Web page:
Pitch Perfect 2

With a Rebel Yell, More, More, More

Starring: Anna Kendrick, Rebel Wilson

Review written by Robert D. Patrick

Marty McFly waltzed into to the old west, the Ninja Turtles ran afoul in feudal Japan, Ace Ventura sprang to the jungle, and now the Bellas head to Europe. When you’re writing a sequel, there’s no time to be indolent. You have to pack up your bags and change scenery. And while that vanilla formula usually doesn’t work, here, in Kay Cannon’s clever Pitch Perfect 2 screenplay, the passport stamp is one of approval. Still, there are hiccups to be had. Because, this time around, most of the sequel takes place off campus, the compact and intimate nature of the first film is not entirely present. The small moments had larger laughs, and Barden University was more warmly accessible than, say, a swanky car show or the too-large-for-its-own-good outdoor venue in the sequel.

The crass and flash of the original is still present, thanks to Cannon’s involvement, but some of the whimsy and heart feels lost in the enormity of this film. The plot revolves around the Bellas and their tenuous bid to win the a cappella world championship. The nemesis of the girls, this time around, is the steely and resolute Das Sound Machine, an expressionless ensemble of German a cappella performers. Beca (Anna Kendrick), the leader of the Bellas, is tasked with undermining the European crew of inviolable singers. The decision to use Germans as the unsympathetic and callous antagonists wasn’t exactly inspired. How many times can we use that country as dartboard for low-hanging cultural jokes?  There is about 30 “your language is different than mine” lines littered around in this script. If you’re a German in an American comedy, you have to have the appearance of Annie Lennox and the dialogue of a Hogan’s Heroes character. Can we do something different? This is just another variation of Beerfest.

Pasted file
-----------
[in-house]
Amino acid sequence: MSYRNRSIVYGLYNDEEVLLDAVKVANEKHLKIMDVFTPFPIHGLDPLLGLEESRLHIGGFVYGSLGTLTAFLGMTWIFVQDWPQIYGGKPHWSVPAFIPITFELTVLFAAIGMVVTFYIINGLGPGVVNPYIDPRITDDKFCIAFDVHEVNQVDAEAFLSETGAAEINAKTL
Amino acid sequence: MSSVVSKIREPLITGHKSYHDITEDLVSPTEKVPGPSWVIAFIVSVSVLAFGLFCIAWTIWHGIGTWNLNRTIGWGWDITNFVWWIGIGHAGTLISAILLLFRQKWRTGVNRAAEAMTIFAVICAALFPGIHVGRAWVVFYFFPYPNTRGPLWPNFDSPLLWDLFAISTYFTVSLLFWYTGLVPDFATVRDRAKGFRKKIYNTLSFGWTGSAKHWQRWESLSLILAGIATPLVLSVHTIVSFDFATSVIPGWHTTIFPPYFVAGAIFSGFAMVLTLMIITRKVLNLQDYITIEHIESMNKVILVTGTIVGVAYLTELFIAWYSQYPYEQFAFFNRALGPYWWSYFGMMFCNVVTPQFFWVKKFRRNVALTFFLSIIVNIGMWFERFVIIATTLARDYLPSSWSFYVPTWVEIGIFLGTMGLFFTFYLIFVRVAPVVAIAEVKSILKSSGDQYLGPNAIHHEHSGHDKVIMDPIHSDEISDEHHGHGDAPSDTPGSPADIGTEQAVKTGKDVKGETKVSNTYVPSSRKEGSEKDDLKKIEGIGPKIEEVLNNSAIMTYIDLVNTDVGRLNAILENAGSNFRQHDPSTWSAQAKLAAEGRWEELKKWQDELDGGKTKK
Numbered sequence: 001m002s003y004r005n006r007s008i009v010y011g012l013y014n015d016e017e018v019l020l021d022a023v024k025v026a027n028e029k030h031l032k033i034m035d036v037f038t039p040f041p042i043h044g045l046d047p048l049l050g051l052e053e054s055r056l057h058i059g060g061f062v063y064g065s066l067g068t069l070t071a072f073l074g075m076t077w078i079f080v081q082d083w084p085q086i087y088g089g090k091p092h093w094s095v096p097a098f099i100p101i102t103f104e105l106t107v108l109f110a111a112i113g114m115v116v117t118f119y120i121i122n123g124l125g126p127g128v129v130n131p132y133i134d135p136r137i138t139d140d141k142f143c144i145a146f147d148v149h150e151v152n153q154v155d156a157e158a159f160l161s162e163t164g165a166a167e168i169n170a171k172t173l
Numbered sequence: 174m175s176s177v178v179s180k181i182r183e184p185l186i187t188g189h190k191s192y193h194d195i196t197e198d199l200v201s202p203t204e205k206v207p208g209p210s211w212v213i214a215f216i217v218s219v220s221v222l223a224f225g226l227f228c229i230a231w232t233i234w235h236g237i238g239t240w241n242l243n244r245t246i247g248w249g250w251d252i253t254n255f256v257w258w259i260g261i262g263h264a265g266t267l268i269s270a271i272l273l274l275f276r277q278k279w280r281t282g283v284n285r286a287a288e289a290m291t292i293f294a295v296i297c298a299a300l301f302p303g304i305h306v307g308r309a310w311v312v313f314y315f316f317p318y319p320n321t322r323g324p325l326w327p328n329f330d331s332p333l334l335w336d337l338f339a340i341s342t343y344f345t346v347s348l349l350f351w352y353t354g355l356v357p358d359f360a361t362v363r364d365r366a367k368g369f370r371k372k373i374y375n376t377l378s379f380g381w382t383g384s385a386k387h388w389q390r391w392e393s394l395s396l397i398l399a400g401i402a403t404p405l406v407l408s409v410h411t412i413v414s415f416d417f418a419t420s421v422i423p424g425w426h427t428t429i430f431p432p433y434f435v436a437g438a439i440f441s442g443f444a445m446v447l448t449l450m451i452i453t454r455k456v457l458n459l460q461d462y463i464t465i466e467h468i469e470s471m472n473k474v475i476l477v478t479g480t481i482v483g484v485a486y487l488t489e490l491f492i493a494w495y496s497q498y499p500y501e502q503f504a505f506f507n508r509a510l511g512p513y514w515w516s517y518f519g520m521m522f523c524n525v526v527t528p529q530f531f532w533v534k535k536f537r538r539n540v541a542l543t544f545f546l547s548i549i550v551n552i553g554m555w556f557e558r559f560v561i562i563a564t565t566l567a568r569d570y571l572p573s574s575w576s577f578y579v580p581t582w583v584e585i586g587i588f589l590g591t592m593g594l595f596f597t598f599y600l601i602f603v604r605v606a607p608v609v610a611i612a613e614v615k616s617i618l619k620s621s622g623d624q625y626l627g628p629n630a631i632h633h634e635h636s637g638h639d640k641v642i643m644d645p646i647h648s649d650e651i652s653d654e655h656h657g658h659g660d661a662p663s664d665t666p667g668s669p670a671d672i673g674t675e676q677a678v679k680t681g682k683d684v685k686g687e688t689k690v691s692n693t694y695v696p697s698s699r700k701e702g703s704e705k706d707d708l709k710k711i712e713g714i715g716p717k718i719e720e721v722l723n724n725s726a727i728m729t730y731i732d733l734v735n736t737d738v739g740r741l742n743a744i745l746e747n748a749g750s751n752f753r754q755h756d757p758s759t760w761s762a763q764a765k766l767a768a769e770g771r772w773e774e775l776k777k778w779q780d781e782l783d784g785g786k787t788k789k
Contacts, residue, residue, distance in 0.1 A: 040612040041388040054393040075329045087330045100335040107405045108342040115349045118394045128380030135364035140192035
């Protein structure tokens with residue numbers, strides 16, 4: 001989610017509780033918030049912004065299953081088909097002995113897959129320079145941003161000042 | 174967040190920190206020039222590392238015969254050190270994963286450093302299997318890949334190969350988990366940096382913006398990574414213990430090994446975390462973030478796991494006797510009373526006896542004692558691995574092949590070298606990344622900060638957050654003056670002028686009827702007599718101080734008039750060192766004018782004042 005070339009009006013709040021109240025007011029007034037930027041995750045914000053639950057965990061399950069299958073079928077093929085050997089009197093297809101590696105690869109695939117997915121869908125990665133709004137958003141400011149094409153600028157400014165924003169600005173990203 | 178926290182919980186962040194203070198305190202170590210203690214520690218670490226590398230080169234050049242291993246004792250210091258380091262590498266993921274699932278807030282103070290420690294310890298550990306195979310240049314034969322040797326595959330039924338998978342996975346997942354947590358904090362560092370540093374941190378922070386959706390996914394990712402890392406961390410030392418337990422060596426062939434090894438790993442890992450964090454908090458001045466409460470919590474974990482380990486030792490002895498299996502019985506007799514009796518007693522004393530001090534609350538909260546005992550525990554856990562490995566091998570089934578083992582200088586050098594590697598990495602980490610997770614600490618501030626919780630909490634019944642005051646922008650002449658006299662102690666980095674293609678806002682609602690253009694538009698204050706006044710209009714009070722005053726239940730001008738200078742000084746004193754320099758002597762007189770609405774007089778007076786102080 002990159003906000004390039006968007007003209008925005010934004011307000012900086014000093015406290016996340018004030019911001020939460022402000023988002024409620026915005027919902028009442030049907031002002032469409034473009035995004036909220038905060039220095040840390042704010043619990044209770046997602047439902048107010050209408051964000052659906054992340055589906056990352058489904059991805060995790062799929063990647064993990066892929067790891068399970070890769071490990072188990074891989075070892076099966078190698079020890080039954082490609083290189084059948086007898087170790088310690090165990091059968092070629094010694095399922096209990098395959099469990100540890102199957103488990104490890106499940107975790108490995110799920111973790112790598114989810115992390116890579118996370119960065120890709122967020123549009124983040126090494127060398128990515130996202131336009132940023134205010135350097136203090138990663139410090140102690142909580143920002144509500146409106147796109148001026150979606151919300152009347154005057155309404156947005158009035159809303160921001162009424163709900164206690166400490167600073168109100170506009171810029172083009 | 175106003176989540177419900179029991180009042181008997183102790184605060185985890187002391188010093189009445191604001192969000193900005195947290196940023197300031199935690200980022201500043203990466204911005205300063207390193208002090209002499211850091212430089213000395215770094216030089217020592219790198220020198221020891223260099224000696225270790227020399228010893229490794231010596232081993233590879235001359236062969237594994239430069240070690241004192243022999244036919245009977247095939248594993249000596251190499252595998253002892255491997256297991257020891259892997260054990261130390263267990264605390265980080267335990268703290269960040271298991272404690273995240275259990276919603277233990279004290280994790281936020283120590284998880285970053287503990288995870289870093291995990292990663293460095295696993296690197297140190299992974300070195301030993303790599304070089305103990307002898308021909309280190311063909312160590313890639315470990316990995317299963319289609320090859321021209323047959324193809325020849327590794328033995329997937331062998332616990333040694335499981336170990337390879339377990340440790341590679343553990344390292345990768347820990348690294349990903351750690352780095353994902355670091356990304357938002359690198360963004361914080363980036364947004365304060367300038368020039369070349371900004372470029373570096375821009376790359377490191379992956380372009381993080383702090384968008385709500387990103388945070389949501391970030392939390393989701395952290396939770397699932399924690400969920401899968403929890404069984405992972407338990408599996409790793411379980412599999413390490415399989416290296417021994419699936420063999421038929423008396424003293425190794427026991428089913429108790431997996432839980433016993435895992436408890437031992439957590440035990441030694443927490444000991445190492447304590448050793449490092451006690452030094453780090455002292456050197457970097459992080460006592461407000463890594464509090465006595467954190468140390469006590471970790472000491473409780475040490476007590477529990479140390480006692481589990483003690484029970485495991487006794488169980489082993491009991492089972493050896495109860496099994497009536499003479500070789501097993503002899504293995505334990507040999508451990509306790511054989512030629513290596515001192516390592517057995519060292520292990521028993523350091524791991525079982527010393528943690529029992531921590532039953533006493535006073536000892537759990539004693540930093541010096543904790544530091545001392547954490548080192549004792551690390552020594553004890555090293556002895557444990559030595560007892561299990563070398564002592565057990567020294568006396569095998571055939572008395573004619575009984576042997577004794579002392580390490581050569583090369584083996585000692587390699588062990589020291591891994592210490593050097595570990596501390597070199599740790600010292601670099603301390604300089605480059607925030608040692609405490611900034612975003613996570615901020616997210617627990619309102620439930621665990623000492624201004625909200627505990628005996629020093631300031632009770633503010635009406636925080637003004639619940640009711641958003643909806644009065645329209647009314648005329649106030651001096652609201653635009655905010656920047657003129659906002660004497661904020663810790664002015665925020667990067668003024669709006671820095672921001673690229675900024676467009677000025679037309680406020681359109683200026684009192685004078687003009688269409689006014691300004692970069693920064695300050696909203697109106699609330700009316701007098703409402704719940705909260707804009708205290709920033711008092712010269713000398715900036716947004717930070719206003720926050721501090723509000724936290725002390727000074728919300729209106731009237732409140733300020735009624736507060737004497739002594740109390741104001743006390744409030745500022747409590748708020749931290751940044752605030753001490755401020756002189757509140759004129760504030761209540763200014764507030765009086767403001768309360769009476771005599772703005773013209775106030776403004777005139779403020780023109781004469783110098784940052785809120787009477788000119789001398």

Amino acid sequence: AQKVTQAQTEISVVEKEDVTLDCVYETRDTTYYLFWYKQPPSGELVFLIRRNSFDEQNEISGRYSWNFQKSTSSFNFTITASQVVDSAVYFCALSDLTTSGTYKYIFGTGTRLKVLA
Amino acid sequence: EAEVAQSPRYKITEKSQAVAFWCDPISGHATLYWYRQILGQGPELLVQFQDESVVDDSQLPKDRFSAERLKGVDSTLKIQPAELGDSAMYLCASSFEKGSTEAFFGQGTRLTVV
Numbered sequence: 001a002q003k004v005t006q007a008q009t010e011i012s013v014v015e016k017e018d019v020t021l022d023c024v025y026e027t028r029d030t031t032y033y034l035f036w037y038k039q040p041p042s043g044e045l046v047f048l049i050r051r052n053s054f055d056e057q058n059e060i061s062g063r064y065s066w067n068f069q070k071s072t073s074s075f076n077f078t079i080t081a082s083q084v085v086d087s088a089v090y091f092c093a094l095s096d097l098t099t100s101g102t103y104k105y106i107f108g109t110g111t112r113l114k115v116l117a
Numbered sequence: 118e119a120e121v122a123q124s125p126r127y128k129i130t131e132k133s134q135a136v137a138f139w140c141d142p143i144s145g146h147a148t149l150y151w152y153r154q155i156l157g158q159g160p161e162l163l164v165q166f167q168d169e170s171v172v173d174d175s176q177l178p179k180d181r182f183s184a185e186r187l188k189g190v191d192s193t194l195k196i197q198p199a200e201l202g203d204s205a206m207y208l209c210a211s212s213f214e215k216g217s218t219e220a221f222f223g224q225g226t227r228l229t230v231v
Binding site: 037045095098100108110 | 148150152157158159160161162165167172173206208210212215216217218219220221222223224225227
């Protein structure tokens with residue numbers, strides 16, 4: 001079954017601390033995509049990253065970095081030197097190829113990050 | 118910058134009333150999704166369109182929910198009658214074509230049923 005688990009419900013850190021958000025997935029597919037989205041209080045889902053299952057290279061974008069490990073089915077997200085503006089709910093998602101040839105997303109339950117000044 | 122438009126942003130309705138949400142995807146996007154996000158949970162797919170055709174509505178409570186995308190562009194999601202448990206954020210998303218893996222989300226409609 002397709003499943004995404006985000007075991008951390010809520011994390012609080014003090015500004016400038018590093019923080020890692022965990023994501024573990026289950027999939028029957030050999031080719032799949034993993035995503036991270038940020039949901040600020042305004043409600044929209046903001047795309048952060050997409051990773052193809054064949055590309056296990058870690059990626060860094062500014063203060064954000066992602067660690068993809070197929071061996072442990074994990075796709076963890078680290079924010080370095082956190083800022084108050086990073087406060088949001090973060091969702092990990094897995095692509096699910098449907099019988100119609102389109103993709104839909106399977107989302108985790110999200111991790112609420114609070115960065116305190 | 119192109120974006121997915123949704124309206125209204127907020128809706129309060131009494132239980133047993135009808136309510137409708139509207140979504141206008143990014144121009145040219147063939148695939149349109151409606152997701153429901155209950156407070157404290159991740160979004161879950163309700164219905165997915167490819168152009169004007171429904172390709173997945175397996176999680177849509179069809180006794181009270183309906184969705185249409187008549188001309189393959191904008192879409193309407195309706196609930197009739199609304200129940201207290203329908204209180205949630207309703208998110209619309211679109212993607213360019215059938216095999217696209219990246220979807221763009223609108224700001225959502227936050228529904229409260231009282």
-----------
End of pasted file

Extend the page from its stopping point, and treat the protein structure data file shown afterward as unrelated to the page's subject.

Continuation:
Pitch Perfect 2 could have benefited from battling a domestic a cappella squad. Watching the Bellas battle a team of singers that look like they came out of an Aeon Flux cartoon is less enjoyable than you would think. That said, the time the girls spend together, particularly away from the championship, is as charismatic as you would imagine. Fat Amy (Rebel Wilson) gets the most erudite, clever, and whip-smart dialogue of the entire group. Wilson gets shoehorned into physical comedy, because of her shape, but she does more than just self-satire. Her weirdly vehement one-liners are ridiculously observational, and her timing great. Wilson slays on all fronts with a confident grin and a lazy lilt, and is the absolute best thing about Pitch Perfect 2. Meanwhile, Anna Kendrick’s character is entangled in a superfluous sub plot with a megalomaniac music producer that yields a few good lines, but not as many as you would think. The new Bella, played by True Grit’s Hailee Steinfeld, provides the heart that Kendrick’s character supplied in the original film. And the rest of the girls are there to provide non sequitors as necessary.

The Bellas may get more movies, but none of them will be as wonderfully fun and acerbic as the first. That said, Pitch Perfect 2 is a pleasant diversion and a decent expansion pack. I’m looking forward to Pitch Perfect 32: Outerbass, where the girls compete on a spaceship. You never know.

Author: Rob Patrick

The program director of the Olympia Film Society, Rob is also a former San Diego Film Critics Society member. He has written for The East County Californian, The Alpine Sun, The East County Herald, The San Diego Entertainer, and the San Diego Reader. When he isn't curating a film festival, he is drinking rosé out of a plastic cup in Seattle or getting tattoos from Jenn Champion.

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